As of today (or yesterday, didn't notice it then), mousedown and mouseup events are no longer working. I am on Chrome Version 55.0.2883.95 (64-bit). Safari and FireFox are working fine (I am on a mac computer).

Here is the code:

document.getElementById("floorplan-backdrop-rect").addEventListener('mousedown', function(ev) {
}, false);

document.getElementById("floorplan-backdrop-rect").addEventListener('mouseup', function(ev) {
}, false);

Were there any API changes regarding mouse-events that we missed? Chrome does not throw any warning when registering the events either. Touchdown and touch up event seem to fail too (in emulated iPad mode in developer tools)

EDIT: Right after changing tab, or when resizing the window, the events seem to come through for a short while. Then they stop again..


  • I'm running Chrome 88 and they definitely haven't removed onmousedown and onmouseup. That would be a really dumb move as it would break a ton of websites. Best guess is it was a bug in this version of Chrome. – user2867288 Mar 23 at 23:30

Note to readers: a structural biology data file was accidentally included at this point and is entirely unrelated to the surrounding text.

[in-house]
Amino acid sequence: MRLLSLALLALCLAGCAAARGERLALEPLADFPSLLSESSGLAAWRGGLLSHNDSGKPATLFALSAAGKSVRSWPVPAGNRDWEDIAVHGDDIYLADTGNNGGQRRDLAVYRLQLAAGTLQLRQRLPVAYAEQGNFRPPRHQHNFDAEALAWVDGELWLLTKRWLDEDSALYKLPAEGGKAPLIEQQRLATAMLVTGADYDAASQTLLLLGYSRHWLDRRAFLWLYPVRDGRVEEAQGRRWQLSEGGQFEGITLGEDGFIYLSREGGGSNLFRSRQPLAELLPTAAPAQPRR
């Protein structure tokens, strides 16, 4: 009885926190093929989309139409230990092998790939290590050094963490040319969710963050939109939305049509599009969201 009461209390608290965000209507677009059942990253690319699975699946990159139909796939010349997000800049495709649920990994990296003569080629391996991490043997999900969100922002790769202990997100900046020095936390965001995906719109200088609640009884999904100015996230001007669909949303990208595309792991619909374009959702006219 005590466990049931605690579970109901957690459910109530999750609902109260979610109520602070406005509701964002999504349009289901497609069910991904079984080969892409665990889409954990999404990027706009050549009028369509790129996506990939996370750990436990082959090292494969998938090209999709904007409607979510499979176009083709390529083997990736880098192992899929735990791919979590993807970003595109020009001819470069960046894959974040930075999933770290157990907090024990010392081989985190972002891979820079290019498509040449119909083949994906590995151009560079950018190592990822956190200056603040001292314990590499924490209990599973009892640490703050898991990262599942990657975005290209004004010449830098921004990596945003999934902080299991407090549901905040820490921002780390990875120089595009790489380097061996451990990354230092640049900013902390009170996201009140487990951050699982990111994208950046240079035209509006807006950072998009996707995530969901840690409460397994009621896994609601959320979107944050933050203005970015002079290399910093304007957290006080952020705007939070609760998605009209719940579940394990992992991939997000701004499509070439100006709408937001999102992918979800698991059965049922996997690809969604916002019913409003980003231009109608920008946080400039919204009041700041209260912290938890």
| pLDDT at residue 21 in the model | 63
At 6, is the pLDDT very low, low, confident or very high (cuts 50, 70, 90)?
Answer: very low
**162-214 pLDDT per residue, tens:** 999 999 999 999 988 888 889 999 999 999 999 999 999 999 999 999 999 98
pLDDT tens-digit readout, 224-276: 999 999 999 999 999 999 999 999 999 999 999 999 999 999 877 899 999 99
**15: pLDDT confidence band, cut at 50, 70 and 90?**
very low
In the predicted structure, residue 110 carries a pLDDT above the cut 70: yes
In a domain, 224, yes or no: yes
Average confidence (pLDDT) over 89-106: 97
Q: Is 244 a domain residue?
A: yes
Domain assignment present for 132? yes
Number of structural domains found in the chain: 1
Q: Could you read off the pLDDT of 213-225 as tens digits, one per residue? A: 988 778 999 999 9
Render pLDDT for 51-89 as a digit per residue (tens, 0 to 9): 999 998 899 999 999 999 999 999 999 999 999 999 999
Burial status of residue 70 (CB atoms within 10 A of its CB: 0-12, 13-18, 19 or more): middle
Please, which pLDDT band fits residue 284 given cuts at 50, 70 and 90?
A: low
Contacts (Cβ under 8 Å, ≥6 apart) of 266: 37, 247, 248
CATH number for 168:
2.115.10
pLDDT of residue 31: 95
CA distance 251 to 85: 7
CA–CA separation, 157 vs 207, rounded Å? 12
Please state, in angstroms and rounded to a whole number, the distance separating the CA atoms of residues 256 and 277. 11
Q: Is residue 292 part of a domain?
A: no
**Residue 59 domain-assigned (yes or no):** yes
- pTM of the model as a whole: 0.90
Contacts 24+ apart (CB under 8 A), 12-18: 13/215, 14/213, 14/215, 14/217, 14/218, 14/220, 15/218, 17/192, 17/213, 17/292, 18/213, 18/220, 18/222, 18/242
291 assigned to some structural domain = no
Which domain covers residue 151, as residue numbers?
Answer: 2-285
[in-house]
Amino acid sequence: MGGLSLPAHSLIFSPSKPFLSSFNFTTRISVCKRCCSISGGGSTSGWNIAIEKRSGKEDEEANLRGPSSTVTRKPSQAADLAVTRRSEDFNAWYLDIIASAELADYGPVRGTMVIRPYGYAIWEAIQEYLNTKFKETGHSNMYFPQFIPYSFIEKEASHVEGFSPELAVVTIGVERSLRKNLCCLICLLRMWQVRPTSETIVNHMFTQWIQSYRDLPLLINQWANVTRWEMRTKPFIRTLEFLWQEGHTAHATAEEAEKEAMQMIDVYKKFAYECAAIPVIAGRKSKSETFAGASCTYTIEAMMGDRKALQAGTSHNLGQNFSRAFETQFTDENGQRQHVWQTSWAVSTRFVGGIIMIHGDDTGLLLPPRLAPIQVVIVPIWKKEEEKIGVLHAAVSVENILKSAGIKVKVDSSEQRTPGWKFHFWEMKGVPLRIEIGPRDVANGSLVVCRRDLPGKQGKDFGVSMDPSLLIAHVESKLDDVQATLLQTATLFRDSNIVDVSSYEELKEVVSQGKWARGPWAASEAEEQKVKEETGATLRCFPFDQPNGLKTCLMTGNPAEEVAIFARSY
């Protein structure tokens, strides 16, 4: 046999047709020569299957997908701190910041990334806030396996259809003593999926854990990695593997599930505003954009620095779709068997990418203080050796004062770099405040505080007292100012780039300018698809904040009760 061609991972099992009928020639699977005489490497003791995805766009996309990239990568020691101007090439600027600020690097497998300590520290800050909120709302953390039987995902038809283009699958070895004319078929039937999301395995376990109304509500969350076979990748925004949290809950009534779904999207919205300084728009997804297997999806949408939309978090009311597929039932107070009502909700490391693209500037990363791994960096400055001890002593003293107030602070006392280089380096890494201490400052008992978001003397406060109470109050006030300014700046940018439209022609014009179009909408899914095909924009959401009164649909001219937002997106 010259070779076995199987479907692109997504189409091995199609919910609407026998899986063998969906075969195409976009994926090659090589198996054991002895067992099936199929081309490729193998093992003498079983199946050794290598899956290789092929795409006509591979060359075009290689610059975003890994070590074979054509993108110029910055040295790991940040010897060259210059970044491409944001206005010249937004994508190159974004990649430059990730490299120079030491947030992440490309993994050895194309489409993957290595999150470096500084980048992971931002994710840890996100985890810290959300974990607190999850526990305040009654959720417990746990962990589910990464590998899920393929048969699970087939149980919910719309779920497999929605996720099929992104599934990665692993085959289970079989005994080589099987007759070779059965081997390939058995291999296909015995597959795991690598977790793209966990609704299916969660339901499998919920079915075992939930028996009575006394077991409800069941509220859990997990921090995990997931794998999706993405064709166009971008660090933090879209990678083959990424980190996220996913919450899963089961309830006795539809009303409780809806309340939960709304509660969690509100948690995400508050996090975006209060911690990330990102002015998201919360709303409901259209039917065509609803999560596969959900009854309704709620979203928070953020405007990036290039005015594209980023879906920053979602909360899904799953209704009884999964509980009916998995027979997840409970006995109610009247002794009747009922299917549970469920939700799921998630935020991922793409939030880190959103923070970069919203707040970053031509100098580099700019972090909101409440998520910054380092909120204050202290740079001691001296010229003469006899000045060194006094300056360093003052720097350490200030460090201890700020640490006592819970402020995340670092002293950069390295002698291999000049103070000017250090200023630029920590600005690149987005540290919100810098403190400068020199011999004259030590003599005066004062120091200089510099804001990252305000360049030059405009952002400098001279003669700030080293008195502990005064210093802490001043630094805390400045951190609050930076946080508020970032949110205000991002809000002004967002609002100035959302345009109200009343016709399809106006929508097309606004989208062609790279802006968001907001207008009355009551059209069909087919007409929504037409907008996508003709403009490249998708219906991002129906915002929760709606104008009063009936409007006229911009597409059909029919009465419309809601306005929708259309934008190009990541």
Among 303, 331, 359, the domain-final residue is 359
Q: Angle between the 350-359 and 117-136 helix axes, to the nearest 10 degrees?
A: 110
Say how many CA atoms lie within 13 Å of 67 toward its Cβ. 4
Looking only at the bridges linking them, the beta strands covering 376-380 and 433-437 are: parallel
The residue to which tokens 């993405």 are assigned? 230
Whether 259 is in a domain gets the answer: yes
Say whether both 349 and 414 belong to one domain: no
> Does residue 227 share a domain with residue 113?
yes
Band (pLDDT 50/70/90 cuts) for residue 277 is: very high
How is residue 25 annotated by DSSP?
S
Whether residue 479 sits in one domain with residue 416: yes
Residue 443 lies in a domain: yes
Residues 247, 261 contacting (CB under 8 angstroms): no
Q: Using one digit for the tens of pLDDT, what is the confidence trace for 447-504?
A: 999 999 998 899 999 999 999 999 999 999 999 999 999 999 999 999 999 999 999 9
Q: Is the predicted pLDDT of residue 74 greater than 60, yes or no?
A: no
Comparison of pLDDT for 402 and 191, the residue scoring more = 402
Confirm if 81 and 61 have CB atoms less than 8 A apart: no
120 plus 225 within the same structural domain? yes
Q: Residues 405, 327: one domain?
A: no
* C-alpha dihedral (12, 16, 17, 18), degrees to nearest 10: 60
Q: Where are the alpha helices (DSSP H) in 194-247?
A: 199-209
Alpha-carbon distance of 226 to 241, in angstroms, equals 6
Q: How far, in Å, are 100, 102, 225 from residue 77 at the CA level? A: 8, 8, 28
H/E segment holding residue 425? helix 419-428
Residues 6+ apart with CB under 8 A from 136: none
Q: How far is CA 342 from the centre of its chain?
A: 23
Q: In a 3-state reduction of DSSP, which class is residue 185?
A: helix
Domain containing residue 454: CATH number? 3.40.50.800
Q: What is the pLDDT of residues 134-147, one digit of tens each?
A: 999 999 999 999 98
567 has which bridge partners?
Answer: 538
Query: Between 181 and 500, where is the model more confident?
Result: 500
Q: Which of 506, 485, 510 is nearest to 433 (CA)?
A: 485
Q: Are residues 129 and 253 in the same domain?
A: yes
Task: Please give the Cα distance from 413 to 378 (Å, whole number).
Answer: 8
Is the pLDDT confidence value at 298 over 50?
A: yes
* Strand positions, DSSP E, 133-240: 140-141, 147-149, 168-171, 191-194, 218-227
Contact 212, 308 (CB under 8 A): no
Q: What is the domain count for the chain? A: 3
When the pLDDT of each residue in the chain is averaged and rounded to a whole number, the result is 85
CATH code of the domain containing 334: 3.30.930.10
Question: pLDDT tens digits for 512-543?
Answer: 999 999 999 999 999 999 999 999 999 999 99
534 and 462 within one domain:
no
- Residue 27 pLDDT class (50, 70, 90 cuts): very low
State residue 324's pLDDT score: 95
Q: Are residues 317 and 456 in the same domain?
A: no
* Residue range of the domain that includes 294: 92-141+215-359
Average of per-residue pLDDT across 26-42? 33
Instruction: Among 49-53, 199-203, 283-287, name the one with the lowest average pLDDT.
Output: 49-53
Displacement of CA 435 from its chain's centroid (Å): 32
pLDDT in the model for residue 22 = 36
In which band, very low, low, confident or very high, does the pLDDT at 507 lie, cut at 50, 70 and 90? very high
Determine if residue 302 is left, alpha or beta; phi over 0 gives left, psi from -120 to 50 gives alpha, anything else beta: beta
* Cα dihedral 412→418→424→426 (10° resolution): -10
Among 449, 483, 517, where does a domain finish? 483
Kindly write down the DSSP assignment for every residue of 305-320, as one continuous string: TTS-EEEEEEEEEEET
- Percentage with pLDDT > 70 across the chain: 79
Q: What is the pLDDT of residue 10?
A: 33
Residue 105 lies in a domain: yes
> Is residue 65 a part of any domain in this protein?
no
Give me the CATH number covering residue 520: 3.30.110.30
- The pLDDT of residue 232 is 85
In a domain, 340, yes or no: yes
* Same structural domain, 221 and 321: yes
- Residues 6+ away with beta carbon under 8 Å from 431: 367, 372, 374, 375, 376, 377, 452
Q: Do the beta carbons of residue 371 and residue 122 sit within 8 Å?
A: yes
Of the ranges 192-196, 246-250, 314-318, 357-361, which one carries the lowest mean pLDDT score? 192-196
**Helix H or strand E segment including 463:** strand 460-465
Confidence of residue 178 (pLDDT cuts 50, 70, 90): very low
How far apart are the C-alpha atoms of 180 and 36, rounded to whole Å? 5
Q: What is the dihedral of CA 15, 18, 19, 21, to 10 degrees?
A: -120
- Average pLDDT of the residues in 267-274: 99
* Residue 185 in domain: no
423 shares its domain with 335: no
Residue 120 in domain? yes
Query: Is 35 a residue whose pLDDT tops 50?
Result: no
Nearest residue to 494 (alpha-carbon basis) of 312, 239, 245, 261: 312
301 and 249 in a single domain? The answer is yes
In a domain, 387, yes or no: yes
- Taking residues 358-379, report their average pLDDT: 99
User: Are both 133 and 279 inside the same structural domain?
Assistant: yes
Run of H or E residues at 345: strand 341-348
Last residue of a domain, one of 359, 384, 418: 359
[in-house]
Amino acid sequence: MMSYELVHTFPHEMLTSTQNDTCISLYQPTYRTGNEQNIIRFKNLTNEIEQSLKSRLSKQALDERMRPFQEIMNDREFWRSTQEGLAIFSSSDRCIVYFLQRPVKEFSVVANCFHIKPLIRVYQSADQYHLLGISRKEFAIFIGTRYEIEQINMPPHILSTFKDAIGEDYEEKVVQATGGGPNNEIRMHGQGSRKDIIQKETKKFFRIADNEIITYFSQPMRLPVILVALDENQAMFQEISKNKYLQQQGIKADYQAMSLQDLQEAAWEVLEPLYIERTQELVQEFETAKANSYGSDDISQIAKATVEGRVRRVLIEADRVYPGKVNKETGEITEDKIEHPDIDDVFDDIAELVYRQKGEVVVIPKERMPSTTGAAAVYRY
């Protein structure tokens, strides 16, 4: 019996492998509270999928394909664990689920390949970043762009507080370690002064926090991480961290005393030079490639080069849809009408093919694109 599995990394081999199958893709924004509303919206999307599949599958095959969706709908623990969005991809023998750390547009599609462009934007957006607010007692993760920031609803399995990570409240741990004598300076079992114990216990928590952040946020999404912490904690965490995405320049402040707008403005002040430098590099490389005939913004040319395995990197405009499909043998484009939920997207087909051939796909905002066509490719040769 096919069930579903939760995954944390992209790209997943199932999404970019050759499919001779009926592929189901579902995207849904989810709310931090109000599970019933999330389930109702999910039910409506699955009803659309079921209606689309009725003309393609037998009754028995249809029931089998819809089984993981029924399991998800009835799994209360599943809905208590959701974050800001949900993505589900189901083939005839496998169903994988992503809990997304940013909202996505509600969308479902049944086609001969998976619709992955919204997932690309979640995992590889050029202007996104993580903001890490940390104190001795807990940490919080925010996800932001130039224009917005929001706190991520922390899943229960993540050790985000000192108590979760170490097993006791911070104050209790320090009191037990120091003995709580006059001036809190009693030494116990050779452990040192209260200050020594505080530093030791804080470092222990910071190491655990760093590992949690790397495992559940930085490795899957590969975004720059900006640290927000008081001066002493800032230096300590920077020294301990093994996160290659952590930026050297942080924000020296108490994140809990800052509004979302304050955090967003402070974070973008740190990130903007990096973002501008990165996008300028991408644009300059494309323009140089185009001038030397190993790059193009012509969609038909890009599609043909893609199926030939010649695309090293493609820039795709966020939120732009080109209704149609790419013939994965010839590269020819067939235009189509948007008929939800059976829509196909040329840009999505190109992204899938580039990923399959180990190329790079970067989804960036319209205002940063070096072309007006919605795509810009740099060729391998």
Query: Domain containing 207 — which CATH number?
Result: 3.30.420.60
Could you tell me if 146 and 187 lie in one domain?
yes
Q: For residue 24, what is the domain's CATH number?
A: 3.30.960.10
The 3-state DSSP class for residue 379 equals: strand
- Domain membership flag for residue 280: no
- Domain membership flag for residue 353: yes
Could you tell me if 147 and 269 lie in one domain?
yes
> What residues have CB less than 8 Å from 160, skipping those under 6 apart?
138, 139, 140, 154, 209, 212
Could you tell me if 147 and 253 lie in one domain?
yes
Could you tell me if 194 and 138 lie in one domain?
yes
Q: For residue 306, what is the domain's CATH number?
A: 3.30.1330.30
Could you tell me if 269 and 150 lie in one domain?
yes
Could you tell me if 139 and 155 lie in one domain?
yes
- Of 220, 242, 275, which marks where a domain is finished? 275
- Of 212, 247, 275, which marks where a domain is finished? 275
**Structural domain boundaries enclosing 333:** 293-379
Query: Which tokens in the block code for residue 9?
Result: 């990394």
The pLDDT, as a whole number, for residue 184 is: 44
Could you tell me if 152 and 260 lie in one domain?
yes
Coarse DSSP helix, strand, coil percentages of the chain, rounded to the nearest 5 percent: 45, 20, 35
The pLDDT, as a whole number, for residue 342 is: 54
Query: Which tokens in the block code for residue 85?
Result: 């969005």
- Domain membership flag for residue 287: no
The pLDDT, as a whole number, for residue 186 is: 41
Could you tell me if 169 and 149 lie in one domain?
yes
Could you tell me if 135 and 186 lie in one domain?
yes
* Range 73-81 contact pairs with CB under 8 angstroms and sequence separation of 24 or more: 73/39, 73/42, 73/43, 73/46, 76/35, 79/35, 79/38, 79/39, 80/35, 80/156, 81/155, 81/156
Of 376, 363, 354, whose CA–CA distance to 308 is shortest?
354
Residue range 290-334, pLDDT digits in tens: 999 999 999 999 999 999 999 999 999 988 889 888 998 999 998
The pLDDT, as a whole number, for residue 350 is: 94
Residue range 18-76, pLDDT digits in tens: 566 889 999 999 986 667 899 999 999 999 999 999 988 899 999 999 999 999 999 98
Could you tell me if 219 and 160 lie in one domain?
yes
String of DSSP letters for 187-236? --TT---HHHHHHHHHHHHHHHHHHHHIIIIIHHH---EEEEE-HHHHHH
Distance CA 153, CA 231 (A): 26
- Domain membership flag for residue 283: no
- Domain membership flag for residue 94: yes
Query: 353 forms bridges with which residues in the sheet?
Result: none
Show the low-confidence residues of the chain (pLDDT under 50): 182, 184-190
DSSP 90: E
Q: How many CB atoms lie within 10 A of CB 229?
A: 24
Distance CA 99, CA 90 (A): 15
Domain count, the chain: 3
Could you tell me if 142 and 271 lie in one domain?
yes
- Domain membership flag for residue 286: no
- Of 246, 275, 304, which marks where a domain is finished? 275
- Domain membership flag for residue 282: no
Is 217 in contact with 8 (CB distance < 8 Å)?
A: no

EDIT (see old answer below):

Chrome ditched mouse events in favour of pointer events from version 55 and up.

Why (W3C):

Today, most [HTML5] content is used with and/or designed for mouse input. Those that handle input in a custom manner typically code to [DOM-LEVEL-3-EVENTS] Mouse Events. Newer computing devices today, however, incorporate other forms of input, including touchscreens, pen input, etc. Event types have been proposed for handling each of these forms of input individually. However, that approach often incurs unnecessary duplication of logic and event handling overhead when adding support for a new input type. This often creates a compatibility problem when content is written with only one device type in mind. Additionally, for compatibility with existing mouse-based content, most user agents fire Mouse Events for all input types. This makes it ambiguous whether a Mouse Event represents an actual mouse device or is being produced from another input type for compatibility, which makes it hard to code to both device types simultaneously.

Usable code:

To add different event listeners for the "same" event, use the following code:

// Put these in seperate function instead of anonymous ones